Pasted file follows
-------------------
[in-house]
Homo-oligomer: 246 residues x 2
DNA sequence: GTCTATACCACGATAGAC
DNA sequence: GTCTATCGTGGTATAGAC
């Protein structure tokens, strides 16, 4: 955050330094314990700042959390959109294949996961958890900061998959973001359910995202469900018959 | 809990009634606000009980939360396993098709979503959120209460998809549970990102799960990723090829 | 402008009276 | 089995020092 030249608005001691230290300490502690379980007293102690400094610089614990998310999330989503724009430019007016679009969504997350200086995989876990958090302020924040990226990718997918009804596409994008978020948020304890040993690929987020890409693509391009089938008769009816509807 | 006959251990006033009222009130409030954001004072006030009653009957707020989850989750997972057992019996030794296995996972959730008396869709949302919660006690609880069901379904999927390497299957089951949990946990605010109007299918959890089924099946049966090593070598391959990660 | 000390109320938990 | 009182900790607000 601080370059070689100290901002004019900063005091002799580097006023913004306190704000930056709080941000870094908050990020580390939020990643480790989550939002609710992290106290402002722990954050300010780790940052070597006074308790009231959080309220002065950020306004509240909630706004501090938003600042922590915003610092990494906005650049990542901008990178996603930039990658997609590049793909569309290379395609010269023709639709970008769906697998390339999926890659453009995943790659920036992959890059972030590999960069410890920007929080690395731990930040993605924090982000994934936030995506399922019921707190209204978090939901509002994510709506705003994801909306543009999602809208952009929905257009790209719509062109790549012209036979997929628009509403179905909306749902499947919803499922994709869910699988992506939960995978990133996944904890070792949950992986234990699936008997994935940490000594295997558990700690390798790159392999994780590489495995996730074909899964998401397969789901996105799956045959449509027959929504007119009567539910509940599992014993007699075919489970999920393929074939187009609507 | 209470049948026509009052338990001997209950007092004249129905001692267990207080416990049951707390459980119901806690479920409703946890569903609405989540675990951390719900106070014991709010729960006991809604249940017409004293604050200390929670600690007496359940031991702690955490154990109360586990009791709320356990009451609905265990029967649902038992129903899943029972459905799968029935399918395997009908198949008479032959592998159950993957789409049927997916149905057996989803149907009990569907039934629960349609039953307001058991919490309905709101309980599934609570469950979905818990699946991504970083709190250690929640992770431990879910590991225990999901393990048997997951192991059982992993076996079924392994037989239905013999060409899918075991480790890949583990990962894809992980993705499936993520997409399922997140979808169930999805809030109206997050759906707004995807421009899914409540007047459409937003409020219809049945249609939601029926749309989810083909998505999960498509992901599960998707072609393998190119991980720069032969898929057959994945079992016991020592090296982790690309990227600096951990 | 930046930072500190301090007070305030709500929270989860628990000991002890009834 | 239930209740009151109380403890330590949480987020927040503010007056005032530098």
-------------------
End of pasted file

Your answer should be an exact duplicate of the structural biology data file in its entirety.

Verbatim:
[in-house]
Homo-oligomer: 246 residues x 2
DNA sequence: GTCTATACCACGATAGAC
DNA sequence: GTCTATCGTGGTATAGAC
């Protein structure tokens, strides 16, 4: 955050330094314990700042959390959109294949996961958890900061998959973001359910995202469900018959 | 809990009634606000009980939360396993098709979503959120209460998809549970990102799960990723090829 | 402008009276 | 089995020092 030249608005001691230290300490502690379980007293102690400094610089614990998310999330989503724009430019007016679009969504997350200086995989876990958090302020924040990226990718997918009804596409994008978020948020304890040993690929987020890409693509391009089938008769009816509807 | 006959251990006033009222009130409030954001004072006030009653009957707020989850989750997972057992019996030794296995996972959730008396869709949302919660006690609880069901379904999927390497299957089951949990946990605010109007299918959890089924099946049966090593070598391959990660 | 000390109320938990 | 009182900790607000 601080370059070689100290901002004019900063005091002799580097006023913004306190704000930056709080941000870094908050990020580390939020990643480790989550939002609710992290106290402002722990954050300010780790940052070597006074308790009231959080309220002065950020306004509240909630706004501090938003600042922590915003610092990494906005650049990542901008990178996603930039990658997609590049793909569309290379395609010269023709639709970008769906697998390339999926890659453009995943790659920036992959890059972030590999960069410890920007929080690395731990930040993605924090982000994934936030995506399922019921707190209204978090939901509002994510709506705003994801909306543009999602809208952009929905257009790209719509062109790549012209036979997929628009509403179905909306749902499947919803499922994709869910699988992506939960995978990133996944904890070792949950992986234990699936008997994935940490000594295997558990700690390798790159392999994780590489495995996730074909899964998401397969789901996105799956045959449509027959929504007119009567539910509940599992014993007699075919489970999920393929074939187009609507 | 209470049948026509009052338990001997209950007092004249129905001692267990207080416990049951707390459980119901806690479920409703946890569903609405989540675990951390719900106070014991709010729960006991809604249940017409004293604050200390929670600690007496359940031991702690955490154990109360586990009791709320356990009451609905265990029967649902038992129903899943029972459905799968029935399918395997009908198949008479032959592998159950993957789409049927997916149905057996989803149907009990569907039934629960349609039953307001058991919490309905709101309980599934609570469950979905818990699946991504970083709190250690929640992770431990879910590991225990999901393990048997997951192991059982992993076996079924392994037989239905013999060409899918075991480790890949583990990962894809992980993705499936993520997409399922997140979808169930999805809030109206997050759906707004995807421009899914409540007047459409937003409020219809049945249609939601029926749309989810083909998505999960498509992901599960998707072609393998190119991980720069032969898929057959994945079992016991020592090296982790690309990227600096951990 | 930046930072500190301090007070305030709500929270989860628990000991002890009834 | 239930209740009151109380403890330590949480987020927040503010007056005032530098």